They call the technique “virtopsy,” or virtual autopsy. Specifically, the research team has adapted the twin medical- imaging technologies of computed tomography (CT) and magnetic resonance imaging (MRI) to create three-dimensional, high-resolution computer images of a crime victim’s internal organs.

Besides being a bloodless approach to an otherwise messy job, the digitally preserved bodies of the Virtopsy Project have the added benefit of permanency. “Murder victims have the unfortunate habit of decomposing,” Thali notes. Of course, police and pathologists have long documented such disappearing evidence with photographs and detailed medical reports. Photos, however, are limited by their two-dimensionality and the inherent distortion of camera angles. And medical reports, according to Thali, remain unacceptably subjective.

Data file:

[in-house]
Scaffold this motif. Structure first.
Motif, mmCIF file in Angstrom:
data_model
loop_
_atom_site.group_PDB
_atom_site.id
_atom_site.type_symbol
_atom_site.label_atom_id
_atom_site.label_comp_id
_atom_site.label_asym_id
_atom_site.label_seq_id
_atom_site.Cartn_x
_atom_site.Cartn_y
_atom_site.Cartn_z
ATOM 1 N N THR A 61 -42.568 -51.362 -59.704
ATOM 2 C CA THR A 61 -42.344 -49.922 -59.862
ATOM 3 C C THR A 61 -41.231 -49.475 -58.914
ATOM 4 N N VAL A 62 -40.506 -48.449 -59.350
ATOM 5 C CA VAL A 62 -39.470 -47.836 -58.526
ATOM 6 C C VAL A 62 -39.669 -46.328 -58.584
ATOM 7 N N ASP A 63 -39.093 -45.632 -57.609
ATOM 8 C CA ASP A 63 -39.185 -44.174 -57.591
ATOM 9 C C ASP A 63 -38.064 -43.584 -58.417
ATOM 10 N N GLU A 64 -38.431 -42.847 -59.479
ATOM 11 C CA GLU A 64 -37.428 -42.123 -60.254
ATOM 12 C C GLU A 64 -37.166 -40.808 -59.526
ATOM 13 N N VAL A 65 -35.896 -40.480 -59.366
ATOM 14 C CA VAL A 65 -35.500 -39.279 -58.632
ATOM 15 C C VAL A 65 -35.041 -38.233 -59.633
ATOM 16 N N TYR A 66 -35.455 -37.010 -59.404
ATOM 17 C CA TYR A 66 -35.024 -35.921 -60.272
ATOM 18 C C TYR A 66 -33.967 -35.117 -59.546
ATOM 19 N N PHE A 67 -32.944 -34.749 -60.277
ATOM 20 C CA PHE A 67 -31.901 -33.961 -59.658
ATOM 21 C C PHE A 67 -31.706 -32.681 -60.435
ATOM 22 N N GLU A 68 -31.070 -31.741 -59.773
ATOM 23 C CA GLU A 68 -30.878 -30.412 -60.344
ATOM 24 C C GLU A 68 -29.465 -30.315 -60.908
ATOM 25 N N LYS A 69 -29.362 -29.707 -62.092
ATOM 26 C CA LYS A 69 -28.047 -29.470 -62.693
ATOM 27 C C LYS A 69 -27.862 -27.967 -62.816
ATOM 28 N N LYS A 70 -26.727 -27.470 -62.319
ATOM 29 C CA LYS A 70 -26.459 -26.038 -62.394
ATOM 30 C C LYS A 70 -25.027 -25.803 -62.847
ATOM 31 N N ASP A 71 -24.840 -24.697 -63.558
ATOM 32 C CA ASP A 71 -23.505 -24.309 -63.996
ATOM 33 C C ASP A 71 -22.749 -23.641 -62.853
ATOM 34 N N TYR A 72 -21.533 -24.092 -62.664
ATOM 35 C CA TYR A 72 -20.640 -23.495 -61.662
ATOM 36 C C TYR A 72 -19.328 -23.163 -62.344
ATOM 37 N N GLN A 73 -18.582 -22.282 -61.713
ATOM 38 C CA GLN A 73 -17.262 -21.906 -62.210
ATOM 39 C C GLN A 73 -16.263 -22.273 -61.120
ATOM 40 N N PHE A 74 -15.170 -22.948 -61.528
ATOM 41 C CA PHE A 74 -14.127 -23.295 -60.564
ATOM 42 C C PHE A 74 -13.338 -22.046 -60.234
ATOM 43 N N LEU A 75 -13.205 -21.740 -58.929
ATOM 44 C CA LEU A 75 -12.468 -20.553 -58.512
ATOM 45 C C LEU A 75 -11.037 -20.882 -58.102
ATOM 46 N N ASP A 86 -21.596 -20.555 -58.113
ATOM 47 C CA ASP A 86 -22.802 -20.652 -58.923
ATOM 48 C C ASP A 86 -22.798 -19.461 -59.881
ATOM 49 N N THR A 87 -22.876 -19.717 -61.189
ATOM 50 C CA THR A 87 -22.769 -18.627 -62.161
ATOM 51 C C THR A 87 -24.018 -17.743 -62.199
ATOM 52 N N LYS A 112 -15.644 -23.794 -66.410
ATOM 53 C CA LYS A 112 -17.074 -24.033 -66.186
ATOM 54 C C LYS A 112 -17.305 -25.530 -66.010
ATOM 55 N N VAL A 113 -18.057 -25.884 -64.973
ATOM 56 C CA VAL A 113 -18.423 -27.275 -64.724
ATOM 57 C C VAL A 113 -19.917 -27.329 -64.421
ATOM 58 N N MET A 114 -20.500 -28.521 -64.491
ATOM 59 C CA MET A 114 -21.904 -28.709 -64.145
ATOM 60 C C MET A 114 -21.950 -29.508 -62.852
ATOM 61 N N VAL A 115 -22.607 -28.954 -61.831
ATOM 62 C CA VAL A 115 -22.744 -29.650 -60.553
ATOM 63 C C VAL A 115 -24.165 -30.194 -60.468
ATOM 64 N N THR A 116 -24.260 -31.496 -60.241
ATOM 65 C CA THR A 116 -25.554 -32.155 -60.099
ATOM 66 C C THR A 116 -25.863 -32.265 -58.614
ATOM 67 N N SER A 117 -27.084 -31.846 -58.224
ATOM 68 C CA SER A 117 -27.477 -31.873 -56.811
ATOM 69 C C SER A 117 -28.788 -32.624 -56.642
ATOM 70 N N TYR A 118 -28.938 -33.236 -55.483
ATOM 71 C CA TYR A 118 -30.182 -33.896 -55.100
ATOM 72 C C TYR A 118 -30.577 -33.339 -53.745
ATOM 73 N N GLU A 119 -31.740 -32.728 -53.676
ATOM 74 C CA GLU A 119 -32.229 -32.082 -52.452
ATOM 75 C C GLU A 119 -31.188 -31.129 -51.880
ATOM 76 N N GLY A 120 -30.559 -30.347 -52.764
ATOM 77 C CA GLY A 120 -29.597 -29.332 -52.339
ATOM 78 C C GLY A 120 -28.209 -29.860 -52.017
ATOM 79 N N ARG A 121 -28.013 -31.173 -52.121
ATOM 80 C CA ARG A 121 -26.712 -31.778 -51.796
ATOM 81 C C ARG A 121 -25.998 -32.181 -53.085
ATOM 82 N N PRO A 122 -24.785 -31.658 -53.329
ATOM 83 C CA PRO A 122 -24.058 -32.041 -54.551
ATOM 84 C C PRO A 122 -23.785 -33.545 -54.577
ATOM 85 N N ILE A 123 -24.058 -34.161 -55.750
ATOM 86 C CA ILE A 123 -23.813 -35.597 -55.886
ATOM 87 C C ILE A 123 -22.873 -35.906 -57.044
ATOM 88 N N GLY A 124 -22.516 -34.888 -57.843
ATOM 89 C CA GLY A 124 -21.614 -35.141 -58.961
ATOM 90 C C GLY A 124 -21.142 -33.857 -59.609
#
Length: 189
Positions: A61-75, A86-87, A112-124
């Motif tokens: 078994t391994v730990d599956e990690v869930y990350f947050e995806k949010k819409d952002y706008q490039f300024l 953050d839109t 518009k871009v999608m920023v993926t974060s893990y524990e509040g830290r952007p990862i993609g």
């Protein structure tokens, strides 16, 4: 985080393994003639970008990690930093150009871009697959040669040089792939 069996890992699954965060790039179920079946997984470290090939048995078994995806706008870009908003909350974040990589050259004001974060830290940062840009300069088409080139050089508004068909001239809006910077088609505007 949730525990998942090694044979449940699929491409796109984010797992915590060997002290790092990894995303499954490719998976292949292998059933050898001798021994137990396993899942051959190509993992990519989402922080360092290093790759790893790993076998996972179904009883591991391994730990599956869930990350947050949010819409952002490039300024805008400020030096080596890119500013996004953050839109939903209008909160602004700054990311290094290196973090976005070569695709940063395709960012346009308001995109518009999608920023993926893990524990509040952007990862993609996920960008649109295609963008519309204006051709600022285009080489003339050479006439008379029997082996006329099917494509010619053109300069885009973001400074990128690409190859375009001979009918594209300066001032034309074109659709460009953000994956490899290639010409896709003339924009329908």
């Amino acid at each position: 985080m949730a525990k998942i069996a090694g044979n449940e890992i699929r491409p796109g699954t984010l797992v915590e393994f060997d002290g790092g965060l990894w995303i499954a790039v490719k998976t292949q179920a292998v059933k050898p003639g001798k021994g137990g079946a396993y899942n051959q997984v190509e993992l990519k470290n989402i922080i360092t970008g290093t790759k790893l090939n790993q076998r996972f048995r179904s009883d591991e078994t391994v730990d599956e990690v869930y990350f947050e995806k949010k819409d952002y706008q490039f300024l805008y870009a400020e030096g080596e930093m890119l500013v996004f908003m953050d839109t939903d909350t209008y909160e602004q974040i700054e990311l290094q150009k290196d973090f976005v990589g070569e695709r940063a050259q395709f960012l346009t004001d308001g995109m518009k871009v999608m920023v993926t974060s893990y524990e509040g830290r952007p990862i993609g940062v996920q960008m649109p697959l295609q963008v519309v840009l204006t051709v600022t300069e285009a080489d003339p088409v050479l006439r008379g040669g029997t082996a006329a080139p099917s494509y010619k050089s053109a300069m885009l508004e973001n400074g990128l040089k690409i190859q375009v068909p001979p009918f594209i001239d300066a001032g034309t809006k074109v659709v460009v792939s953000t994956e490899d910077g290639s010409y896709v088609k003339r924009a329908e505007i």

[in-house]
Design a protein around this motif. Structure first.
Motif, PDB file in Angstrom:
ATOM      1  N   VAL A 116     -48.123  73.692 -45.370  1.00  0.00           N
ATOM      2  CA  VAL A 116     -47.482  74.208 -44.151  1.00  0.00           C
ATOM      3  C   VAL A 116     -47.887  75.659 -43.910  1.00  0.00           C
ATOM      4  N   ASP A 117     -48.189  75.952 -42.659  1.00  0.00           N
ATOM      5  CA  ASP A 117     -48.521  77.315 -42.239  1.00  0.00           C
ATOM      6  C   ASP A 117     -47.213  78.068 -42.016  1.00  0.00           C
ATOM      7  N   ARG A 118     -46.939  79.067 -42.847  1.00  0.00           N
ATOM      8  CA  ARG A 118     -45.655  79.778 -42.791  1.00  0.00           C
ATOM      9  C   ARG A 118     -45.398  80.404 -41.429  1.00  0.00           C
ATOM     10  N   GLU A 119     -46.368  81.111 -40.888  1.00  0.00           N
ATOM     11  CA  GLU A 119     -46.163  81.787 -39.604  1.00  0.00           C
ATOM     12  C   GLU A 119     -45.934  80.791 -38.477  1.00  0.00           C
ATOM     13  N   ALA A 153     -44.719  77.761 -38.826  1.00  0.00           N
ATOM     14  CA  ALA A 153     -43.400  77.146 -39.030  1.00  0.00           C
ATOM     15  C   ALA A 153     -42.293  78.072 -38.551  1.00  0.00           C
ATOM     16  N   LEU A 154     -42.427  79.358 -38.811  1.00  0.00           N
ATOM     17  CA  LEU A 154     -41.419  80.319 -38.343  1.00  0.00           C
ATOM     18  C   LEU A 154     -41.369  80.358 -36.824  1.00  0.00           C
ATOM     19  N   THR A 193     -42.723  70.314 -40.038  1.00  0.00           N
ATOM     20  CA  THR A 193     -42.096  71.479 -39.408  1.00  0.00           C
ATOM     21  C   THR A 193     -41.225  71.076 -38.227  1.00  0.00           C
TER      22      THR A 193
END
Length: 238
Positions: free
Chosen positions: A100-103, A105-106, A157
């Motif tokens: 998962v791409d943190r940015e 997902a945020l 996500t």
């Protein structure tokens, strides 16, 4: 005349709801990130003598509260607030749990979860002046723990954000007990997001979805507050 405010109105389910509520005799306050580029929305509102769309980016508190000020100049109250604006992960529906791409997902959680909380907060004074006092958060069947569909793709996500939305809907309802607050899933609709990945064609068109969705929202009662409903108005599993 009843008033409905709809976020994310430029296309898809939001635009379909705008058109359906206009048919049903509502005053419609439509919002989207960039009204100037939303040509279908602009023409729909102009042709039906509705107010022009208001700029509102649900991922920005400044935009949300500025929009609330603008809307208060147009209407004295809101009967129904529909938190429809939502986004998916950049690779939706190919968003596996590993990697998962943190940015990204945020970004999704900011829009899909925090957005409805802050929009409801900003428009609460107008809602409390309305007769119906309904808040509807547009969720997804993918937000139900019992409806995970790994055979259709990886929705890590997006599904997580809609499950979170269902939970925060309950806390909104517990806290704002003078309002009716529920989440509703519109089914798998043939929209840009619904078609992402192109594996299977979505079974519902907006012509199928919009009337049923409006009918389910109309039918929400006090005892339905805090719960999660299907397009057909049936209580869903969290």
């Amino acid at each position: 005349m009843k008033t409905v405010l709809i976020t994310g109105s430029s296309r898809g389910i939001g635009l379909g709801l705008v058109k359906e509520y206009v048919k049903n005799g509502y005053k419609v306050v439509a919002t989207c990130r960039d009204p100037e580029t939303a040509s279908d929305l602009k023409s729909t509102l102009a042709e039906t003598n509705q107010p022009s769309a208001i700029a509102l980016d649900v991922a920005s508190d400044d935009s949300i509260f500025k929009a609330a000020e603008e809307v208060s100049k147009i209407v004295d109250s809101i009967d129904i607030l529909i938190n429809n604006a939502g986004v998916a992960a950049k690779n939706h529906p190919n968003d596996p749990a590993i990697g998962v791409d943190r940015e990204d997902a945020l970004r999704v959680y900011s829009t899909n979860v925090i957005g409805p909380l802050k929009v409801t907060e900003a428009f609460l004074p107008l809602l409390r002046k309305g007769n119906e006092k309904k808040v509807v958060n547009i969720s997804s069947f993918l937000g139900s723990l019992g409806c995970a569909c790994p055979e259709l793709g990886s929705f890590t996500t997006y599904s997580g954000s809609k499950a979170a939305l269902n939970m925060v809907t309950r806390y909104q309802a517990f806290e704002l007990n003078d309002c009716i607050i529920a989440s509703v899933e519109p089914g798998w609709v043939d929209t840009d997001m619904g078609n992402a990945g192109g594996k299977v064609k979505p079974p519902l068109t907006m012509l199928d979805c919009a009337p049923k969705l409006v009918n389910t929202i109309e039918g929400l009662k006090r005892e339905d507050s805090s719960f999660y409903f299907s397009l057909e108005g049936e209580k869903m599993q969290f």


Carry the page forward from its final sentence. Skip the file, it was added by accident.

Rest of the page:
It’s a criticism supported by the cacophony of the courtroom, where prosecutors and defense lawyers often present dueling pathologists, each reinterpreting autopsy reports to favor one side or the other. Complicating a jury’s difficulty in following such arguments are the typically gore-drenched autopsy photos that prompt many to turn away in horror. “We [in Switzerland] are not so used to shows like CSI,” Thali points out. “It can be a real problem.”



In the future that Thali envisions, any pathologist taking the witness stand can bloodlessly redissect the victim in full view of the jury by calling forth the original data stored on the discs. “Graphic, yes. Gory, no,” he says.



Over the past three years, Thali has performed more than 100 virtual autopsies, each followed by a traditional autopsy to confirm his findings. Although his experimental technique has proved highly accurate, he expects to complete at least 100 more cases before the first virtopsy debuts in a court of law.



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